Vachss had a draft meeting with DC. DC said something along the lines of, “Well, ok, the draft is pretty good, but there’s some things we need to change. You have to drop the sex scene with Bruce Wayne.”

    Vachss paraphrase: “Really?”

    DC paraphrase: “Yeah, we can’t depict Batman having a sex life. Also the scene you wrote where he kills someone. We have to change that. Batman doesn’t kill.”

    Vachss para: “Lemme get this straight. Batman is Bruce Wayne, right?”

    DC para: “Yes.”

    Vachss para: “And Bruce Wayne is the richest guy in Gotham, maybe the world. Billions upon billions of dollars, right?”

    DC para: “Yes.”

    Vachss para: “And he’s good looking, right? Chiseled jaw? Great physical shape?”

    DC para: “Definitely. His physicality is part of what makes him successful as Batman.”

    Vachss para: “And he’s got the cool car, too? Batmobile, can do all this stuff, amazing car?”

    DC para: “Yes.”

    Vachss para: “He’s brilliant, also? I mean, world’s greatest detective, nothing gets by this guy? Mind like a steel trap?”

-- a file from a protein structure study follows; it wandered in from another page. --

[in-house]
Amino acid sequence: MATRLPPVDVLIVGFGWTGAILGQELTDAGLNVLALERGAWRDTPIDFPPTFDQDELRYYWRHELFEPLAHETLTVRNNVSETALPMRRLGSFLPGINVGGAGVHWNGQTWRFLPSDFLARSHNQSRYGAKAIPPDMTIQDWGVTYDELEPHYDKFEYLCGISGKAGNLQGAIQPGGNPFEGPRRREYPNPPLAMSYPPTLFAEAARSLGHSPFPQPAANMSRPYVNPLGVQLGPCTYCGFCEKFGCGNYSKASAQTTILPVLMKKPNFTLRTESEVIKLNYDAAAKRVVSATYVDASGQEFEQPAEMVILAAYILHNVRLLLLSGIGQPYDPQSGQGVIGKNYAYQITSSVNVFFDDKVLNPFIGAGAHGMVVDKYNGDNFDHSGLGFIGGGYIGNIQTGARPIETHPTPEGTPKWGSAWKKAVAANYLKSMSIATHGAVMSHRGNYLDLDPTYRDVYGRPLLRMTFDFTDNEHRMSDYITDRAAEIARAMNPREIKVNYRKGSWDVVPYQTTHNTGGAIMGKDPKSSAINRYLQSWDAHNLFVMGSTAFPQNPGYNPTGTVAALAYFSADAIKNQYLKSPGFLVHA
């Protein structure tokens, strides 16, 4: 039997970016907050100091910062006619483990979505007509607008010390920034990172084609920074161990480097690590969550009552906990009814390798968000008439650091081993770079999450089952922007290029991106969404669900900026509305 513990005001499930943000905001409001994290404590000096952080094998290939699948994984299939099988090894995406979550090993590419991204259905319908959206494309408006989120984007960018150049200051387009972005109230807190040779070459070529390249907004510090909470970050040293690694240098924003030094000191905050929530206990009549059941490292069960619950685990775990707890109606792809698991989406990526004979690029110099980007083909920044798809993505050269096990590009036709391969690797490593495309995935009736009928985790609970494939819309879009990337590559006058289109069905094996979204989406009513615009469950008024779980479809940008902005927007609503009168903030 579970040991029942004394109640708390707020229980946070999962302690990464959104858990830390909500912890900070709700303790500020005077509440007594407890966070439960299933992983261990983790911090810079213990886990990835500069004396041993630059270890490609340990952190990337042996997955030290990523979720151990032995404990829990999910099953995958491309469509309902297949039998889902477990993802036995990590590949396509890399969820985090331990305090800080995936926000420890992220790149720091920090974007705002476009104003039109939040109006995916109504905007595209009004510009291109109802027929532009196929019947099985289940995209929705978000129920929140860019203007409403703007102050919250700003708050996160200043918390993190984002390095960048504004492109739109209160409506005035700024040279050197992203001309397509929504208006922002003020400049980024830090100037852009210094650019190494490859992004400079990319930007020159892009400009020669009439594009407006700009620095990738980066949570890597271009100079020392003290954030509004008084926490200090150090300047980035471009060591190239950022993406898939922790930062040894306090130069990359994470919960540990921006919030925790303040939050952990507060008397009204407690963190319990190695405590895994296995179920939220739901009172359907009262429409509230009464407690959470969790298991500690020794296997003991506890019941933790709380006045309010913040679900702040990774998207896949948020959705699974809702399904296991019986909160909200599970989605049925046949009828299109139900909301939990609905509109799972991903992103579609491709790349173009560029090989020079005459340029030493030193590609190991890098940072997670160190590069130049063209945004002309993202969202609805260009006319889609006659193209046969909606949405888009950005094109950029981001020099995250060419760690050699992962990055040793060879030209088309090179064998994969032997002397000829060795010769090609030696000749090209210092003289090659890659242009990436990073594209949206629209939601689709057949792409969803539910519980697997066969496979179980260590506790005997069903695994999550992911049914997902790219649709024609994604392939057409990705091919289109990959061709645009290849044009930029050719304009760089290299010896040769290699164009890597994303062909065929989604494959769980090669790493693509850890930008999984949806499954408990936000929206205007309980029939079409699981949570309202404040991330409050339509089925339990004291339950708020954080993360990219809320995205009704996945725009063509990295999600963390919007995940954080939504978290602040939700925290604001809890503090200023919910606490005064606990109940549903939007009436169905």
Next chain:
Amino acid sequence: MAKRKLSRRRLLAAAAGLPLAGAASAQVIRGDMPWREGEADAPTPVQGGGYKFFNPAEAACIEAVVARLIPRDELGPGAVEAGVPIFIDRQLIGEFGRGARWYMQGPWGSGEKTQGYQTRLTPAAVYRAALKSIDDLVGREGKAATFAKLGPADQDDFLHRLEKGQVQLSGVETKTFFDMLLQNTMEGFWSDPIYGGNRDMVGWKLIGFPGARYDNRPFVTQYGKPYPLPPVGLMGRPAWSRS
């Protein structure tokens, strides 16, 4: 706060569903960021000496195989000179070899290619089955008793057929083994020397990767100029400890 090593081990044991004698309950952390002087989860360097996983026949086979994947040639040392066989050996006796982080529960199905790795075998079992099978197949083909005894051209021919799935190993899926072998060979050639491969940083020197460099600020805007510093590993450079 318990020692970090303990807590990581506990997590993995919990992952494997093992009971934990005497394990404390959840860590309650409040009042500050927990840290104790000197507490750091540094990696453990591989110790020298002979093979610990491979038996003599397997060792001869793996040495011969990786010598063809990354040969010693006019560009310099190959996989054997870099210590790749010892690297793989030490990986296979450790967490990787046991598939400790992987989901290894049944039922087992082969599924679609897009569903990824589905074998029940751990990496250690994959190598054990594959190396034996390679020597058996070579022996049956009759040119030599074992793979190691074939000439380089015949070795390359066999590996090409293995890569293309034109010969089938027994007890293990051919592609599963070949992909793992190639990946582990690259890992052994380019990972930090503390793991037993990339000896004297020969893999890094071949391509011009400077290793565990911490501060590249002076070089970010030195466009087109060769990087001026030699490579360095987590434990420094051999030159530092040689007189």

DC para: “That’s right.”

    Vachss para: “And he’s faced some of the world’s worst villains, fought some despicable bad guys without hesitation? Rescued innocent citizens from heinous crimes?”

    DC para: “Indeed. A model of courage.”

    Vachss para: “So he’s got the car, the mansion, the money, the brains, the looks, the can-do attitude, the courage, he’s the most eligible bachelor in Gotham?”

    DC para: “Yes.”

    Vachss para: “And he can’t have sex?”

    DC para: “Right.”

    Vachss para: “Wouldn’t that make you want to kill?”

    Still learning,


    • HazyJay

      I went to a book signing of his about 7 or 8 years ago and someone asked him about the possibilities of there being a Burke movie. He said that all of his novels had been optioned for movies but that none of them had made it past the screen writing stage. A producer asked him to do a screen play and Vachss wrote one for him.

      Producer: “Great effort but there is one small problem. It is just like the book.”